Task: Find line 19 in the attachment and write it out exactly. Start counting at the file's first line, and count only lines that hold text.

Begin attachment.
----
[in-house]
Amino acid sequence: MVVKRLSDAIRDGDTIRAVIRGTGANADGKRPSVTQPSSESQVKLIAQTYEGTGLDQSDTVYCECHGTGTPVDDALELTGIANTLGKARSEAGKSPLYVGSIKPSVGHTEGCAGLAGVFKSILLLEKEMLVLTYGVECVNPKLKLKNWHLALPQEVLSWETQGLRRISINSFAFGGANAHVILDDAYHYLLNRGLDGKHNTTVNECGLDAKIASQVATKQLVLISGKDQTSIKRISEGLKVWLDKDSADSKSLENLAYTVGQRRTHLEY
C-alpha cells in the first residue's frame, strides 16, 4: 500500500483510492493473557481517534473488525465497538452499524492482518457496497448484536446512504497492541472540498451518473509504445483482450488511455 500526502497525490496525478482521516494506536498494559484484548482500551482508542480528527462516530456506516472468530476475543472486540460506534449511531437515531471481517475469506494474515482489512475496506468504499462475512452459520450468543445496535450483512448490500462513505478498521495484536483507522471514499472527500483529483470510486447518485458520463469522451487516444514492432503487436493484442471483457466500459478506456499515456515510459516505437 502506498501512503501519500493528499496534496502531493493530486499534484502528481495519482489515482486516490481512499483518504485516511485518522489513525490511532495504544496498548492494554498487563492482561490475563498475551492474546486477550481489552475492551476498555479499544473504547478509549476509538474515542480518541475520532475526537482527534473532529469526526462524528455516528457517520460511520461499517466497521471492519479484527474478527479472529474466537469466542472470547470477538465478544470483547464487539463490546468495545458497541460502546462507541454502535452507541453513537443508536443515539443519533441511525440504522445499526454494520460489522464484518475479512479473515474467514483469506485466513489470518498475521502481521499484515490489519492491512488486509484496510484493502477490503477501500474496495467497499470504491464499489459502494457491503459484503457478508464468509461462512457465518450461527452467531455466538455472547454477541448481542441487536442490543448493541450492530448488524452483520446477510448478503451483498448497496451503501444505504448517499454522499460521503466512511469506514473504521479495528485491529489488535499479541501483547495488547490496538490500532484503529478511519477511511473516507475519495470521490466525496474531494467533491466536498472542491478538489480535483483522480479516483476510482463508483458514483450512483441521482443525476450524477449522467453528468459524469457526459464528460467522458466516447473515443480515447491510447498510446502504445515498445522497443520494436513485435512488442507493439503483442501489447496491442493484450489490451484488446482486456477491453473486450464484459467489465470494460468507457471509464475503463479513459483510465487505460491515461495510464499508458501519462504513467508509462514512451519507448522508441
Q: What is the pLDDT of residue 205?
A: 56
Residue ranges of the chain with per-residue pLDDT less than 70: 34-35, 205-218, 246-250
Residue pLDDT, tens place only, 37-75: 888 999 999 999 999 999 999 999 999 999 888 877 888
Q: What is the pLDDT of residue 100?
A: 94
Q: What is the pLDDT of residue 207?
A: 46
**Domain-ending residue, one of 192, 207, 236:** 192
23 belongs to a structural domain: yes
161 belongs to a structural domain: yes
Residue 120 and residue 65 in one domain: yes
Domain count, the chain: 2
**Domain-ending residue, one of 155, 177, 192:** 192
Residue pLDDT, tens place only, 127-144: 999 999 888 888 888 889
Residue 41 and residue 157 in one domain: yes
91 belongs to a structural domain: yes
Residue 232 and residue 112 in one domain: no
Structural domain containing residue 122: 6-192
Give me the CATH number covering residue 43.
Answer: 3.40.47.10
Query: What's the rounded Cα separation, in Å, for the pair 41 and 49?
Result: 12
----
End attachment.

Residue 41 and residue 157 in one domain: yes